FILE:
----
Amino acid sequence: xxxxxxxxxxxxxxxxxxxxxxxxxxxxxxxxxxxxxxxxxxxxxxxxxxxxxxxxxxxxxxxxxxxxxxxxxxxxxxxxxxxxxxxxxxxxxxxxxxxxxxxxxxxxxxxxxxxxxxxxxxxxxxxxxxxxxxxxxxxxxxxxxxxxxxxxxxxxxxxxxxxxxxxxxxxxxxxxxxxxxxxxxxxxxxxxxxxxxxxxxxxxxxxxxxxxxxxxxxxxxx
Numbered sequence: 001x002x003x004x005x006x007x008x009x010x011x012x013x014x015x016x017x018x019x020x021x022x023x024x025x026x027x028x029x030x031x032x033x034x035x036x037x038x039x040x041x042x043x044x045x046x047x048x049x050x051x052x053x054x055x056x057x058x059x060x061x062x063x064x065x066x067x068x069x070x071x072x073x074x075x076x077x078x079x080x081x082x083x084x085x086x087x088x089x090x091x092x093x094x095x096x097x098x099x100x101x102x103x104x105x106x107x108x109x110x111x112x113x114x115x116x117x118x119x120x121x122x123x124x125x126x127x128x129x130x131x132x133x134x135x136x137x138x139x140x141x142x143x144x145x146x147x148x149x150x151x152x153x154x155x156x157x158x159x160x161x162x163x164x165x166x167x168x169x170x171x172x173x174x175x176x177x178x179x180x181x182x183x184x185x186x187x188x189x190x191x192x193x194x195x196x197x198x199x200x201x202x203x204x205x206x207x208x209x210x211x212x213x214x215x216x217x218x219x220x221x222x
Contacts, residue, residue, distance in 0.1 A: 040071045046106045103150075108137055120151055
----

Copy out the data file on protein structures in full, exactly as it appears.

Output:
Amino acid sequence: xxxxxxxxxxxxxxxxxxxxxxxxxxxxxxxxxxxxxxxxxxxxxxxxxxxxxxxxxxxxxxxxxxxxxxxxxxxxxxxxxxxxxxxxxxxxxxxxxxxxxxxxxxxxxxxxxxxxxxxxxxxxxxxxxxxxxxxxxxxxxxxxxxxxxxxxxxxxxxxxxxxxxxxxxxxxxxxxxxxxxxxxxxxxxxxxxxxxxxxxxxxxxxxxxxxxxxxxxxxxxx
Numbered sequence: 001x002x003x004x005x006x007x008x009x010x011x012x013x014x015x016x017x018x019x020x021x022x023x024x025x026x027x028x029x030x031x032x033x034x035x036x037x038x039x040x041x042x043x044x045x046x047x048x049x050x051x052x053x054x055x056x057x058x059x060x061x062x063x064x065x066x067x068x069x070x071x072x073x074x075x076x077x078x079x080x081x082x083x084x085x086x087x088x089x090x091x092x093x094x095x096x097x098x099x100x101x102x103x104x105x106x107x108x109x110x111x112x113x114x115x116x117x118x119x120x121x122x123x124x125x126x127x128x129x130x131x132x133x134x135x136x137x138x139x140x141x142x143x144x145x146x147x148x149x150x151x152x153x154x155x156x157x158x159x160x161x162x163x164x165x166x167x168x169x170x171x172x173x174x175x176x177x178x179x180x181x182x183x184x185x186x187x188x189x190x191x192x193x194x195x196x197x198x199x200x201x202x203x204x205x206x207x208x209x210x211x212x213x214x215x216x217x218x219x220x221x222x
Contacts, residue, residue, distance in 0.1 A: 040071045046106045103150075108137055120151055